From the Ground to the Sky -- The Black Radical Tradition

Michael C. Dawson
By Lynn Koh
Dec 26, 2013

A Review of “Blacks In and Out of the Left”

For two decades, Michael C. Dawson has studied the relationship between politics and public opinion in the African American community.  His first book, Behind the Mule, established the concept of ‘linked fate’, the idea that policies or events which are beneficial to one’s racial group are also personally beneficial, and explored how class and other factors influenced an individual’s belief in linked fate.  Later books charted the range of African American political ideologies and their potential popular bases of support, and the persistence of racial divides in public opinion.  "Blacks In and Out of the Left" is a very different book.  It asks what progressives may learn from studying the history of 20th century black radical activism. 

Dawson makes a number of arguments about left politics and black radicalism, but I found the long second chapter most valuable.  Here, the author compares the two periods of dramatic upsurge in black activism:  the 1930’s and the ‘long sixties’.  In the 1930’s, the CPUSA became a dominant force on the left and developed a significant purchase within black radical politics; the explosions of the 60’s and 70’s, on the other hand, led to a bewildering range of organizations with different political ideologies.  In between, from 1945 to 1955, the black left suffered a relentless assault from the state with the complicity of black liberals.  The result was that by 1955 the black left found itself isolated from most of the political movements and milieus it had flourished in until that point; emblematically, the two great turning points of that year in world and U.S. history – Bandung and Montgomery – lacked the participation of black radicals.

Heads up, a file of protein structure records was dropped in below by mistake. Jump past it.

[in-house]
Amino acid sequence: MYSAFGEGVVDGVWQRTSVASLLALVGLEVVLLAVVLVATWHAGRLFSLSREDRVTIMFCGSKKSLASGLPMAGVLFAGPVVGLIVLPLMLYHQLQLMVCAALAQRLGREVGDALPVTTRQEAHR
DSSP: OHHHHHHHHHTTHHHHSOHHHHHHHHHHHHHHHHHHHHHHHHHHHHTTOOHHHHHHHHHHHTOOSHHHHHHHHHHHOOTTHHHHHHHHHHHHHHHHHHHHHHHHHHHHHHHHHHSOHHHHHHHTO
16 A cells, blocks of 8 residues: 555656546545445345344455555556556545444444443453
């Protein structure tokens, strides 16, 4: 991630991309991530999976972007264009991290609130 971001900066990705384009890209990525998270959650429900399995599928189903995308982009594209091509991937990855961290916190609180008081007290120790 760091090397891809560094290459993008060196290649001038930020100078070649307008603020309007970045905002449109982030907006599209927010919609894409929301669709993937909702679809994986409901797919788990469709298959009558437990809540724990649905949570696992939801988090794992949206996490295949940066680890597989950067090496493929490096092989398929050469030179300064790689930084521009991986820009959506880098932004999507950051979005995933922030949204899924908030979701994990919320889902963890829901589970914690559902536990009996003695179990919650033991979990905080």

This decade is called ‘the sundering’ by Dawson, and he provocatively draws attention to it as a historical event whose consequences ripple outwards through the second half of the century.  Whereas black liberals and leftists worked together in popular front organizations in the 1930s, particularly the National Negro Congress, the sundering meant that it was nationalists and leftists who organized in coalition during the Black Power era.  Furthermore, Dawson claims that the sundering drove a deeper wedge between black and white workers, such that by the 1960’s they “all too often viewed each other as enemies” (88).  Finally, black internationalism suffered because their absence from the Bandung conference and subsequent moments in building the Third World project meant that radicals did not hold a grounded, realistic view of national liberation movements.